Set Review: 75112 General Grievous
Tuesday, September 8th, 2015 at 8:29pm by Andrew, BZPower News Manager
[Source: Nuju Metru]
We're getting close to wrapping up our Star Wars Buildable Figure reviews! Today we're going to look at 75112 General Grievous, the largest set in the line! BZPower Forum Assistant Nuju Metru has tackled this cyborg commander and is now ready to share his thoughts on the set with you. Will you run in terror from his whirling lightsabers or will you subject him to your command like the Sith lord you are? Read on to find out!
Hey guys, and welcome to the BZPower review of 75112 General Grievous, one of the new 2015 LEGO Star Wars constraction sets! As always, I'd like to thank both TLG for giving us at BZP free stuff and Andrew for passing some of it on to me. Read on to see my thoughts - captured for you in both a video and a text/image format - on this model. Is the set General(ly) good, or is buying it a Grievous mistake? Let's find out.
From the design of the box to the instruction manual, these are the first things you see before building the set.
The box of the set is smaller than I expected, especially when compared to the finished model (spoiler alert for later in the review: Grievous is a LARGE set). But I find 75112's packaging to be pretty effective, even if it doesn't bring much new to the table. Unlike Star Wars products of the past few years, 75112 doesn't have a banner with artwork of a character (Darth Maul, Yoda, Kylo Ren, etc.) on top; it sticks instead to a simple white logo on a black fade. Bold.
Grievous himself, as here portrayed, has been posed dynamically, even if some of his arm angles are a little weird. I approve of the glowy/sparky Photoshop effects applied to the Lightsabers and that which they've torn up; it nicely reminisces the duel scene in Episode III. Speaking of which, a second, smaller, movie-picture Grievous (along with Obi-Wan and an audience of cheering Battle Droids) decorates the background. Maybe the 75112 Grievous is a visitor from an alternate universe where everything is made out of plastic bricks.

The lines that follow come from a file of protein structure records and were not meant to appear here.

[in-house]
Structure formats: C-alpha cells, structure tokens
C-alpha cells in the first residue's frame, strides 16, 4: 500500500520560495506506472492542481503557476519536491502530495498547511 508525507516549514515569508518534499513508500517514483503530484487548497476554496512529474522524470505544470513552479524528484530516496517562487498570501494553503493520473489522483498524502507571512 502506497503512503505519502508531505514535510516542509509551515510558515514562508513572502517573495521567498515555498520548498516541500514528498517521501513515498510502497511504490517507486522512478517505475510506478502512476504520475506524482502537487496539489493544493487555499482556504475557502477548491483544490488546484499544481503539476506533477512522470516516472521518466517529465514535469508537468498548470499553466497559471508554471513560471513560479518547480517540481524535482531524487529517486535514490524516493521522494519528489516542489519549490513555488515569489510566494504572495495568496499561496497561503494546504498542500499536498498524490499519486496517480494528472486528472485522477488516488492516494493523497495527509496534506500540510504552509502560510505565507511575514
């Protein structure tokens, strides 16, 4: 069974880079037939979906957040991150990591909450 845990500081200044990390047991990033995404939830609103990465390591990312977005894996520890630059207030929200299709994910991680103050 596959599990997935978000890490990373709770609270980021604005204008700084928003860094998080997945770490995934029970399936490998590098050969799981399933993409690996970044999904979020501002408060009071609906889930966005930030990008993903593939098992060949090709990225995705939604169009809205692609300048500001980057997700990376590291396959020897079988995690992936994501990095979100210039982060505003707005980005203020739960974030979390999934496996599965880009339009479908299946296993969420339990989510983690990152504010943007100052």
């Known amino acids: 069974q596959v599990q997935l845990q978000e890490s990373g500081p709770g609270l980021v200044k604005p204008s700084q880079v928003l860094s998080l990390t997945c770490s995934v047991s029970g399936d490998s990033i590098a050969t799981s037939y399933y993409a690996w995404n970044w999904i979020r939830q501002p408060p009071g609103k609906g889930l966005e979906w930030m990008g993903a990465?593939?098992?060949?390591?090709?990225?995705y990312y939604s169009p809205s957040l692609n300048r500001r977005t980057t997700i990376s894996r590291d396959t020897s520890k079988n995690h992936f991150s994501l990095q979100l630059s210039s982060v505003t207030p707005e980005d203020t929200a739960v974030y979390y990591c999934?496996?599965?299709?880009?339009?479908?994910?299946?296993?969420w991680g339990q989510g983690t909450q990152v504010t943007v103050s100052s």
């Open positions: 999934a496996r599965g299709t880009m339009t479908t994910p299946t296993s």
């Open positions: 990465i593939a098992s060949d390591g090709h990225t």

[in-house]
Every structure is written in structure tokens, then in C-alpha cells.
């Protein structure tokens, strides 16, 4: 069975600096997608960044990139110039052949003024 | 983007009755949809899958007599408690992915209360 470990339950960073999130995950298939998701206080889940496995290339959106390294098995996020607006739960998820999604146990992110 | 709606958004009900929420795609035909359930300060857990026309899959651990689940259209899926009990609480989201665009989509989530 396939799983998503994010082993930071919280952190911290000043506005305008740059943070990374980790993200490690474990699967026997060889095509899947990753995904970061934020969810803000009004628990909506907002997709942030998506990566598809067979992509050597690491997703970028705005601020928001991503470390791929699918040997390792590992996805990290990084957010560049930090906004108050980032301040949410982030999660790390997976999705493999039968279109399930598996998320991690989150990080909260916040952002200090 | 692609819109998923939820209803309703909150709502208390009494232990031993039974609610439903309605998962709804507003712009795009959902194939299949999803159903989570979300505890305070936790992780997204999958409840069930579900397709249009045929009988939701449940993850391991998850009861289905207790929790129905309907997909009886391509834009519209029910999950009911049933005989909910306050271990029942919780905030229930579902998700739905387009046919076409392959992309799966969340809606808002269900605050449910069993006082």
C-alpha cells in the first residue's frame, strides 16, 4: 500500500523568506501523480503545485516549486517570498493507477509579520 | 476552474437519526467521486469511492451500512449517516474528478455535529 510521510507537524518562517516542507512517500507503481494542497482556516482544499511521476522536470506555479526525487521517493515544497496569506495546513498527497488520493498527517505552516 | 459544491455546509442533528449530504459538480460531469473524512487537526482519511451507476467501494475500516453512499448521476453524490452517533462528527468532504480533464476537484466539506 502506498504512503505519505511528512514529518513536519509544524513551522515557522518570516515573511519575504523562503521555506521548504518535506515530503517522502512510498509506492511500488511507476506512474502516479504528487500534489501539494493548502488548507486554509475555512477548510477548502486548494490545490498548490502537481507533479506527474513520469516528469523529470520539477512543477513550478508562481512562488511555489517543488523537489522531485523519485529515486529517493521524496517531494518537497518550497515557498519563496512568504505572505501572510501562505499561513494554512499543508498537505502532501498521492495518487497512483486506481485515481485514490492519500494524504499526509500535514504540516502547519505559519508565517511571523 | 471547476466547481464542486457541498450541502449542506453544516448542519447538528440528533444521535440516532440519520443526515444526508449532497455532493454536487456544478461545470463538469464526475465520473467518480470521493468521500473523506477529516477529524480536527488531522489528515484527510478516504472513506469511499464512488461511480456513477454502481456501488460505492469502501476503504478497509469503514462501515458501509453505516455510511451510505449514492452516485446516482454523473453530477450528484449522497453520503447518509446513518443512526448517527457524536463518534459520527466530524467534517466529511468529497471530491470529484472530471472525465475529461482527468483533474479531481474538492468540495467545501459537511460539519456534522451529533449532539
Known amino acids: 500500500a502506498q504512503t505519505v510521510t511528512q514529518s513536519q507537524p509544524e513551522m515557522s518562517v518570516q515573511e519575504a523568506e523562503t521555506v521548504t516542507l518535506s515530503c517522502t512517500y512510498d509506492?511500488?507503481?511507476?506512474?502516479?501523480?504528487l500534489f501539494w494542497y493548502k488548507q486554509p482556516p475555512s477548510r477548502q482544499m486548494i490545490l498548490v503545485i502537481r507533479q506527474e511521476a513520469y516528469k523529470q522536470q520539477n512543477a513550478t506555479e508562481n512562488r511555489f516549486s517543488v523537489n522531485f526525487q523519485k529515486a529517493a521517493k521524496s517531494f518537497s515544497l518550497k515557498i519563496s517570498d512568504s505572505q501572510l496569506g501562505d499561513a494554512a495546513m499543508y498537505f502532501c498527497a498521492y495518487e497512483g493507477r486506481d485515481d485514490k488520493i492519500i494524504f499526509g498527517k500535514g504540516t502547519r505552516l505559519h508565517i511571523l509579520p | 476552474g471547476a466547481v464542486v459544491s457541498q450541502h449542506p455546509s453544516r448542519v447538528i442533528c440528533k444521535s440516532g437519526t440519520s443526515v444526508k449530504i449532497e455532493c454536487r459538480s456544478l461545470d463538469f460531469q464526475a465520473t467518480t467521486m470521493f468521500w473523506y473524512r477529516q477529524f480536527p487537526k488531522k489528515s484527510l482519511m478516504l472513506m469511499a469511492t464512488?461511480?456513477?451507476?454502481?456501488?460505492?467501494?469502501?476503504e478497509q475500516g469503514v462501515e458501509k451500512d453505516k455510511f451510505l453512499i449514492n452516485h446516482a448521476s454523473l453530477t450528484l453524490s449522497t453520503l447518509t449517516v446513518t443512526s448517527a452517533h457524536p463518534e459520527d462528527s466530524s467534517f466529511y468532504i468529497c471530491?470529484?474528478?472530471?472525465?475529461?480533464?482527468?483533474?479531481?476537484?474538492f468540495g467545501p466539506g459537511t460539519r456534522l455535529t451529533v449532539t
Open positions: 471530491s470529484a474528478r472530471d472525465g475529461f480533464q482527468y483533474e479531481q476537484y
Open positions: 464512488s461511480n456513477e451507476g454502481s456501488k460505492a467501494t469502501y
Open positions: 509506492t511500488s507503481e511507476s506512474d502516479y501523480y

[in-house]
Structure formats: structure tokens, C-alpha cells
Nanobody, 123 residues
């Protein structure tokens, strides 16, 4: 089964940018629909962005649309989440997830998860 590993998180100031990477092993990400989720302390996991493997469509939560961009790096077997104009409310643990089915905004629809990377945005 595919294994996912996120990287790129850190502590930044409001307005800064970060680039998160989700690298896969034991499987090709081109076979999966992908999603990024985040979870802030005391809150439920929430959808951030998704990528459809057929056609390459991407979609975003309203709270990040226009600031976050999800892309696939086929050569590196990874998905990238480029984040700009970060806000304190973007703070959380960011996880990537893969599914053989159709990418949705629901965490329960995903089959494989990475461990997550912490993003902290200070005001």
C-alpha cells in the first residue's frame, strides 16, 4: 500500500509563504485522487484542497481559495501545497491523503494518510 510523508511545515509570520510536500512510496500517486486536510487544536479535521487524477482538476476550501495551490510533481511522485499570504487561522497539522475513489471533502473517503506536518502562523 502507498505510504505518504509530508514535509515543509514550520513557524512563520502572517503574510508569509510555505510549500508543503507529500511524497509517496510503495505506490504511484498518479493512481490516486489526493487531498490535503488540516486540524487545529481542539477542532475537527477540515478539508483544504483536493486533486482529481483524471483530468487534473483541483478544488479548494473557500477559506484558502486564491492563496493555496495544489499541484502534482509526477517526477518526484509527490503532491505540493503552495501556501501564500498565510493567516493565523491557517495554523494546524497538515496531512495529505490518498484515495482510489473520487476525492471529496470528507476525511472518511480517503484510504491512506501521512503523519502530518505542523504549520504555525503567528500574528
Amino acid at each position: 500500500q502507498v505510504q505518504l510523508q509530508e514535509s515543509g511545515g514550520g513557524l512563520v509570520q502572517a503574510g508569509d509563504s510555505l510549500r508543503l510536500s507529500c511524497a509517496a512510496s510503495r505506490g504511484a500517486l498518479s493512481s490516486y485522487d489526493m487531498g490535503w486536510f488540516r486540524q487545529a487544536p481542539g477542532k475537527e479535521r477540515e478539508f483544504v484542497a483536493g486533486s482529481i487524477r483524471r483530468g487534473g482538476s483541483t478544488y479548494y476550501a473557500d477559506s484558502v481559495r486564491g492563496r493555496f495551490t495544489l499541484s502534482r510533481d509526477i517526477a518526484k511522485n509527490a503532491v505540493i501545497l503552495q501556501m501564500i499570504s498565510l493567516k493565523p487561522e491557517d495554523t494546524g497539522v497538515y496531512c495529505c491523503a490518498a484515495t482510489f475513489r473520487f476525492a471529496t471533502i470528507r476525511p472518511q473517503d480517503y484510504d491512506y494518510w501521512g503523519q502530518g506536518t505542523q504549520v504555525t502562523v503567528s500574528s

Along the bottom of the box are a shoutout to the fact that yes, these new figures use CCBS, as well as a Disney logo just to remind you who's in charge.
The back of the box is a bit bland in my opinion, albeit clean. Grievous, in a more neutral pose and outlined by a heavenly glow, stands in front of a circular blueprint/scanner background. Along the side is a callout to 75112's one play feature, the 4-to-2 arm convertibility. Below Grievous, smaller images of the other five figures of this constraction line appear in their own trapezoids. Up in the top corner, next to the logo, is a graphic telling us how tall Grievous is gonna be. Since the size figure is relayed in centimeters, my America brain doesn't process how LARGE it'll actually be.
And don't worry: in case, during the time it took to flip over this box, you forgot which company owns Star Wars, there's another Disney logo there. Whew. Close call there.
Half the fun is had building the set. How fun is it to build and how easy or challenging is it?
A square instruction manual and a few unnumbered baggies tumble out of the opened box. They were shy, and at their request I've neglected to include their pictures in this review. Grievous himself also personally requested that I not show pictures of him naked, so there are no images of the build.
Instead, I'll tell you about it with my words!
Grievous was an entertaining build, because there were a few surprises. Part of the actual reason I don't show pictures of the build is because I want you to be surprised if/when you build him. The way the shape of the torso is achieved is fun, as is the growing realization that whoa, this is one LARGE set. The legs, in their complexity and Technic/CCBS blend, were enjoyable to assemble, even if repetitive. When you snap them onto the body, you realize how LARGE Grievous will actually be. Once the arms come on, and you see the wingspan, LARGE seems even LARGER.